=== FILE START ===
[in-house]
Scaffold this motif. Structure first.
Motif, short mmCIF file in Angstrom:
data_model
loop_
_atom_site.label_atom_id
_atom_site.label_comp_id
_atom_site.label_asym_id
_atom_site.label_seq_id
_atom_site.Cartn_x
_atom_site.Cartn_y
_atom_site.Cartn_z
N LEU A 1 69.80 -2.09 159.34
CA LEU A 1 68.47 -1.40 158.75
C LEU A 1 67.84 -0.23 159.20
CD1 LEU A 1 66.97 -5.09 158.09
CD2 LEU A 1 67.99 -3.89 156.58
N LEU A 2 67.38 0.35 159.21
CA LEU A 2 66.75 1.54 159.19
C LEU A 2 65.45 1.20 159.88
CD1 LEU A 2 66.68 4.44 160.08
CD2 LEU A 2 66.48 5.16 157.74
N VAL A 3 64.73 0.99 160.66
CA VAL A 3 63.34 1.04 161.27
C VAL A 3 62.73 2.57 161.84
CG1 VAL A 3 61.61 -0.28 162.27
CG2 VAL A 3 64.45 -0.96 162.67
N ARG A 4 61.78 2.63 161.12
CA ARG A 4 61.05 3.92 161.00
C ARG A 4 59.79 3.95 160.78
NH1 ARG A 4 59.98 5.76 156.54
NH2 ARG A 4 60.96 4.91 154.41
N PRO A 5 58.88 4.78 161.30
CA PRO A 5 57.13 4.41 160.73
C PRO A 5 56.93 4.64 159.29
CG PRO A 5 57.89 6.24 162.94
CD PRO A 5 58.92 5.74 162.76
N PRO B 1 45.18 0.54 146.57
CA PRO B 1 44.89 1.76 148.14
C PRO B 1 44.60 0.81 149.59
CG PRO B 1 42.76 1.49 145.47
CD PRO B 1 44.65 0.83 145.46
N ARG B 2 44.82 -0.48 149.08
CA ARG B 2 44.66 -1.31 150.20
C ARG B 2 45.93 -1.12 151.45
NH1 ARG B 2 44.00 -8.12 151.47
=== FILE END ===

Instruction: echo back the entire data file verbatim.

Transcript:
[in-house]
Scaffold this motif. Structure first.
Motif, short mmCIF file in Angstrom:
data_model
loop_
_atom_site.label_atom_id
_atom_site.label_comp_id
_atom_site.label_asym_id
_atom_site.label_seq_id
_atom_site.Cartn_x
_atom_site.Cartn_y
_atom_site.Cartn_z
N LEU A 1 69.80 -2.09 159.34
CA LEU A 1 68.47 -1.40 158.75
C LEU A 1 67.84 -0.23 159.20
CD1 LEU A 1 66.97 -5.09 158.09
CD2 LEU A 1 67.99 -3.89 156.58
N LEU A 2 67.38 0.35 159.21
CA LEU A 2 66.75 1.54 159.19
C LEU A 2 65.45 1.20 159.88
CD1 LEU A 2 66.68 4.44 160.08
CD2 LEU A 2 66.48 5.16 157.74
N VAL A 3 64.73 0.99 160.66
CA VAL A 3 63.34 1.04 161.27
C VAL A 3 62.73 2.57 161.84
CG1 VAL A 3 61.61 -0.28 162.27
CG2 VAL A 3 64.45 -0.96 162.67
N ARG A 4 61.78 2.63 161.12
CA ARG A 4 61.05 3.92 161.00
C ARG A 4 59.79 3.95 160.78
NH1 ARG A 4 59.98 5.76 156.54
NH2 ARG A 4 60.96 4.91 154.41
N PRO A 5 58.88 4.78 161.30
CA PRO A 5 57.13 4.41 160.73
C PRO A 5 56.93 4.64 159.29
CG PRO A 5 57.89 6.24 162.94
CD PRO A 5 58.92 5.74 162.76
N PRO B 1 45.18 0.54 146.57
CA PRO B 1 44.89 1.76 148.14
C PRO B 1 44.60 0.81 149.59
CG PRO B 1 42.76 1.49 145.47
CD PRO B 1 44.65 0.83 145.46
N ARG B 2 44.82 -0.48 149.08
CA ARG B 2 44.66 -1.31 150.20
C ARG B 2 45.93 -1.12 151.45
NH1 ARG B 2 44.00 -8.12 151.47